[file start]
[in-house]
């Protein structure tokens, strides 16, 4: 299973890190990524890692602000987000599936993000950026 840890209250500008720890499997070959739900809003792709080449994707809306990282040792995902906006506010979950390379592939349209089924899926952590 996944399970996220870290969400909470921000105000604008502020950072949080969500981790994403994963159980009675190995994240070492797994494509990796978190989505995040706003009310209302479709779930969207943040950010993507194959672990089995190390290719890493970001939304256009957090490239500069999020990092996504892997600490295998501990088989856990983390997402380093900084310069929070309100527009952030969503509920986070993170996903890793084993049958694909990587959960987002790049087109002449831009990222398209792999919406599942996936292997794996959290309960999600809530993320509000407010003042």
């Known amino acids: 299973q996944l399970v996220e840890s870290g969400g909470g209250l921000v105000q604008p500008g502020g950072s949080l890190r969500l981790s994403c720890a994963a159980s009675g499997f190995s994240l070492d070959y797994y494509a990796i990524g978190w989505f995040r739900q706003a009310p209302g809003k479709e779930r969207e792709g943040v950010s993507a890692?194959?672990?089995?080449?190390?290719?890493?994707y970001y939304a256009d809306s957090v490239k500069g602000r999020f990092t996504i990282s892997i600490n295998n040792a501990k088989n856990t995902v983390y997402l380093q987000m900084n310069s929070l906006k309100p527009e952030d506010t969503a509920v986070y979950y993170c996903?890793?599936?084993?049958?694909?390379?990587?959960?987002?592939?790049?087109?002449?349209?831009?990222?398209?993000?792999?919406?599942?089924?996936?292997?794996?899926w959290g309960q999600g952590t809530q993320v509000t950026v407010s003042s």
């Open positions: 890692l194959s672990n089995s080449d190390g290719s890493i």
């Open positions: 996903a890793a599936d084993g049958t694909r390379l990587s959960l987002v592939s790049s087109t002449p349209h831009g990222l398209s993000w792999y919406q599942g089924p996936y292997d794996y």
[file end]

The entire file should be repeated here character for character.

[in-house]
């Protein structure tokens, strides 16, 4: 299973890190990524890692602000987000599936993000950026 840890209250500008720890499997070959739900809003792709080449994707809306990282040792995902906006506010979950390379592939349209089924899926952590 996944399970996220870290969400909470921000105000604008502020950072949080969500981790994403994963159980009675190995994240070492797994494509990796978190989505995040706003009310209302479709779930969207943040950010993507194959672990089995190390290719890493970001939304256009957090490239500069999020990092996504892997600490295998501990088989856990983390997402380093900084310069929070309100527009952030969503509920986070993170996903890793084993049958694909990587959960987002790049087109002449831009990222398209792999919406599942996936292997794996959290309960999600809530993320509000407010003042």
């Known amino acids: 299973q996944l399970v996220e840890s870290g969400g909470g209250l921000v105000q604008p500008g502020g950072s949080l890190r969500l981790s994403c720890a994963a159980s009675g499997f190995s994240l070492d070959y797994y494509a990796i990524g978190w989505f995040r739900q706003a009310p209302g809003k479709e779930r969207e792709g943040v950010s993507a890692?194959?672990?089995?080449?190390?290719?890493?994707y970001y939304a256009d809306s957090v490239k500069g602000r999020f990092t996504i990282s892997i600490n295998n040792a501990k088989n856990t995902v983390y997402l380093q987000m900084n310069s929070l906006k309100p527009e952030d506010t969503a509920v986070y979950y993170c996903?890793?599936?084993?049958?694909?390379?990587?959960?987002?592939?790049?087109?002449?349209?831009?990222?398209?993000?792999?919406?599942?089924?996936?292997?794996?899926w959290g309960q999600g952590t809530q993320v509000t950026v407010s003042s």
């Open positions: 890692l194959s672990n089995s080449d190390g290719s890493i």
């Open positions: 996903a890793a599936d084993g049958t694909r390379l990587s959960l987002v592939s790049s087109t002449p349209h831009g990222l398209s993000w792999y919406q599942g089924p996936y292997d794996y």